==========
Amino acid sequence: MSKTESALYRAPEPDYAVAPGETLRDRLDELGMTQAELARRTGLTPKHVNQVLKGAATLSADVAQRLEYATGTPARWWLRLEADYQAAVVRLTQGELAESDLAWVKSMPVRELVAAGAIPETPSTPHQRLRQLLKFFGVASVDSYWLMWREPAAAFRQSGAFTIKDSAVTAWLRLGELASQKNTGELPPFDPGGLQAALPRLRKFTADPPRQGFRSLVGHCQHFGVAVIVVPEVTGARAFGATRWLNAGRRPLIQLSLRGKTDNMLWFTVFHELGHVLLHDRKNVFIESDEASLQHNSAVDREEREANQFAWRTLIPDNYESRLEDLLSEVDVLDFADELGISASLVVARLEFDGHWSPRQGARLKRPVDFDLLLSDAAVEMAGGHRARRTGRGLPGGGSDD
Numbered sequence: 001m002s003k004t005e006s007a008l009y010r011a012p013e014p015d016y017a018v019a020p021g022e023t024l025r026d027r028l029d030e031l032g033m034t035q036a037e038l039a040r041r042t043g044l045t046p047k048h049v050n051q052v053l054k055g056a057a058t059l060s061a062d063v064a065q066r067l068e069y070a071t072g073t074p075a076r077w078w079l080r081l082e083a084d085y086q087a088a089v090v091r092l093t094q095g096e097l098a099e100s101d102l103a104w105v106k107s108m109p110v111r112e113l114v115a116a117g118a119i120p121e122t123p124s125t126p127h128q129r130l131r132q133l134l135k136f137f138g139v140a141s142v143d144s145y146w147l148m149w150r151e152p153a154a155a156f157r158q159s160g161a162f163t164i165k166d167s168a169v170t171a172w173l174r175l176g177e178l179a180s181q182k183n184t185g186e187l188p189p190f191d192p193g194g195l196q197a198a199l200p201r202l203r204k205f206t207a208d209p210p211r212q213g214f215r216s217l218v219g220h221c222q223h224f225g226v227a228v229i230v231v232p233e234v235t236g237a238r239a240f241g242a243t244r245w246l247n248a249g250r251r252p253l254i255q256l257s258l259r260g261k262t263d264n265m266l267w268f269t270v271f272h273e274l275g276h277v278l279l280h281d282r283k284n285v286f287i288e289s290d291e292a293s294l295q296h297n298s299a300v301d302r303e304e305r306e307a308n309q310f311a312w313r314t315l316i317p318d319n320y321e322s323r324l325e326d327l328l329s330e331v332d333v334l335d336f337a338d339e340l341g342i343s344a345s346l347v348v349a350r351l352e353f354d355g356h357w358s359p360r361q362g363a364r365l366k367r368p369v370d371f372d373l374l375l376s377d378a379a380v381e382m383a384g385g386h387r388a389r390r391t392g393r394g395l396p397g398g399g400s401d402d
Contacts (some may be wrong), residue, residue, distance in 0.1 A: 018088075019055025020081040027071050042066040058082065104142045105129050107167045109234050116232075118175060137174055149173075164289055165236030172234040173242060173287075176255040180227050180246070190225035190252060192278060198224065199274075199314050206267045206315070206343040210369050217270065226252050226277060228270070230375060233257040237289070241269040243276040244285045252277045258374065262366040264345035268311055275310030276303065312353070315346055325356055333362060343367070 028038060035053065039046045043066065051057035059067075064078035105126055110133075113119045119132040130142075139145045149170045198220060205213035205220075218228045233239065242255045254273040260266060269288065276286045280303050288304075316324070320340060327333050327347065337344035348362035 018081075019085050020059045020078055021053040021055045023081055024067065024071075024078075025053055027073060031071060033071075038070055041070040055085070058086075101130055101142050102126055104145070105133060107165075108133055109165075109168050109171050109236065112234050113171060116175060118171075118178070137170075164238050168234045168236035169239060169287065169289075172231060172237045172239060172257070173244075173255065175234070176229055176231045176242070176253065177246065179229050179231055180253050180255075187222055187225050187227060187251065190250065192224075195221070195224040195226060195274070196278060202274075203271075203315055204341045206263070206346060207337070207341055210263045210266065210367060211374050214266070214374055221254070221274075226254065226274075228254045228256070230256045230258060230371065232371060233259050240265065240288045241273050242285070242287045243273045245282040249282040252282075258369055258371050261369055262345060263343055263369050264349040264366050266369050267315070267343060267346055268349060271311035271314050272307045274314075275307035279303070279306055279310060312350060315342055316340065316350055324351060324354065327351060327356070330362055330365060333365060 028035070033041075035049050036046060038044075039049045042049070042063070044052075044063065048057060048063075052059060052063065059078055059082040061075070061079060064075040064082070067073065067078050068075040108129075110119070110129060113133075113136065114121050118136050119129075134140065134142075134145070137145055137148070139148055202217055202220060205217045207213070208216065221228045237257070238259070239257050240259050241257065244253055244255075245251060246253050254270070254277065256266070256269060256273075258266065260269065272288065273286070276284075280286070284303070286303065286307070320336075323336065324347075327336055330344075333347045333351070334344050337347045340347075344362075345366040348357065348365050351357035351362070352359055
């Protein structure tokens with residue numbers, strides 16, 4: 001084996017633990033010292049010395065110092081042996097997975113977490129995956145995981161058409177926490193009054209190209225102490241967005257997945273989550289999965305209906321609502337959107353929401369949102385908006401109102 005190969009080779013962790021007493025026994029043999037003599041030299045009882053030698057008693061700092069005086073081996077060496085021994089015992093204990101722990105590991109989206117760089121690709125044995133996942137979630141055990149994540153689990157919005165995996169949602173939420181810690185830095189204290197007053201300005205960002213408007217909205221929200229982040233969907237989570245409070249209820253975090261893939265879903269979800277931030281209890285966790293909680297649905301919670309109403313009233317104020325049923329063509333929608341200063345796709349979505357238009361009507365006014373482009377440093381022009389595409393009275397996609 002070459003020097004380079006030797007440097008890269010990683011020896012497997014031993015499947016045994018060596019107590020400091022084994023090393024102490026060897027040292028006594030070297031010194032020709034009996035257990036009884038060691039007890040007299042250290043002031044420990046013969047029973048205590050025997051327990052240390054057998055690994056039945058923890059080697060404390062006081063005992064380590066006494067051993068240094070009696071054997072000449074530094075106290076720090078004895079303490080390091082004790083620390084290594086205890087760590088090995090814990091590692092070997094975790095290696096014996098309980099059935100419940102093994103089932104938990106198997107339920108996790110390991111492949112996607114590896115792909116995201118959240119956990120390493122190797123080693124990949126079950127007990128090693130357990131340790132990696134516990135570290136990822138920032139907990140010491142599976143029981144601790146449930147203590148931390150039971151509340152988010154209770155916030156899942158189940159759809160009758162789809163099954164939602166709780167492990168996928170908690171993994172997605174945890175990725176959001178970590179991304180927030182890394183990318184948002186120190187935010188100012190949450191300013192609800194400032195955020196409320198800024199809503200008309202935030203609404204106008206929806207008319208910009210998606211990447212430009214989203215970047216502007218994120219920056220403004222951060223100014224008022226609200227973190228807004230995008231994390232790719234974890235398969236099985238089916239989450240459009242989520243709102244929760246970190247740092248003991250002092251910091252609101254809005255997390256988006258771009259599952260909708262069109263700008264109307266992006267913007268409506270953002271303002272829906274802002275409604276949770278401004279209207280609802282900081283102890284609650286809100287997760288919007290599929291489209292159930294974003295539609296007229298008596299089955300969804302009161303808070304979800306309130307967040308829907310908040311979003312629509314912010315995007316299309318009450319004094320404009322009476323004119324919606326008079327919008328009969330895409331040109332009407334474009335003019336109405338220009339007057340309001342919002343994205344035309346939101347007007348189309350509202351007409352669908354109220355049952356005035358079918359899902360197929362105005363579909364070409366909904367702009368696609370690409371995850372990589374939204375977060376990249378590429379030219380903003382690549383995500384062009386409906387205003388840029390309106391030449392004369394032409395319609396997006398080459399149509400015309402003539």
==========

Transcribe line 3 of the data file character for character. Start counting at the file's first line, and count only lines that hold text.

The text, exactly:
Contacts (some may be wrong), residue, residue, distance in 0.1 A: 018088075019055025020081040027071050042066040058082065104142045105129050107167045109234050116232075118175060137174055149173075164289055165236030172234040173242060173287075176255040180227050180246070190225035190252060192278060198224065199274075199314050206267045206315070206343040210369050217270065226252050226277060228270070230375060233257040237289070241269040243276040244285045252277045258374065262366040264345035268311055275310030276303065312353070315346055325356055333362060343367070 028038060035053065039046045043066065051057035059067075064078035105126055110133075113119045119132040130142075139145045149170045198220060205213035205220075218228045233239065242255045254273040260266060269288065276286045280303050288304075316324070320340060327333050327347065337344035348362035 018081075019085050020059045020078055021053040021055045023081055024067065024071075024078075025053055027073060031071060033071075038070055041070040055085070058086075101130055101142050102126055104145070105133060107165075108133055109165075109168050109171050109236065112234050113171060116175060118171075118178070137170075164238050168234045168236035169239060169287065169289075172231060172237045172239060172257070173244075173255065175234070176229055176231045176242070176253065177246065179229050179231055180253050180255075187222055187225050187227060187251065190250065192224075195221070195224040195226060195274070196278060202274075203271075203315055204341045206263070206346060207337070207341055210263045210266065210367060211374050214266070214374055221254070221274075226254065226274075228254045228256070230256045230258060230371065232371060233259050240265065240288045241273050242285070242287045243273045245282040249282040252282075258369055258371050261369055262345060263343055263369050264349040264366050266369050267315070267343060267346055268349060271311035271314050272307045274314075275307035279303070279306055279310060312350060315342055316340065316350055324351060324354065327351060327356070330362055330365060333365060 028035070033041075035049050036046060038044075039049045042049070042063070044052075044063065048057060048063075052059060052063065059078055059082040061075070061079060064075040064082070067073065067078050068075040108129075110119070110129060113133075113136065114121050118136050119129075134140065134142075134145070137145055137148070139148055202217055202220060205217045207213070208216065221228045237257070238259070239257050240259050241257065244253055244255075245251060246253050254270070254277065256266070256269060256273075258266065260269065272288065273286070276284075280286070284303070286303065286307070320336075323336065324347075327336055330344075333347045333351070334344050337347045340347075344362075345366040348357065348365050351357035351362070352359055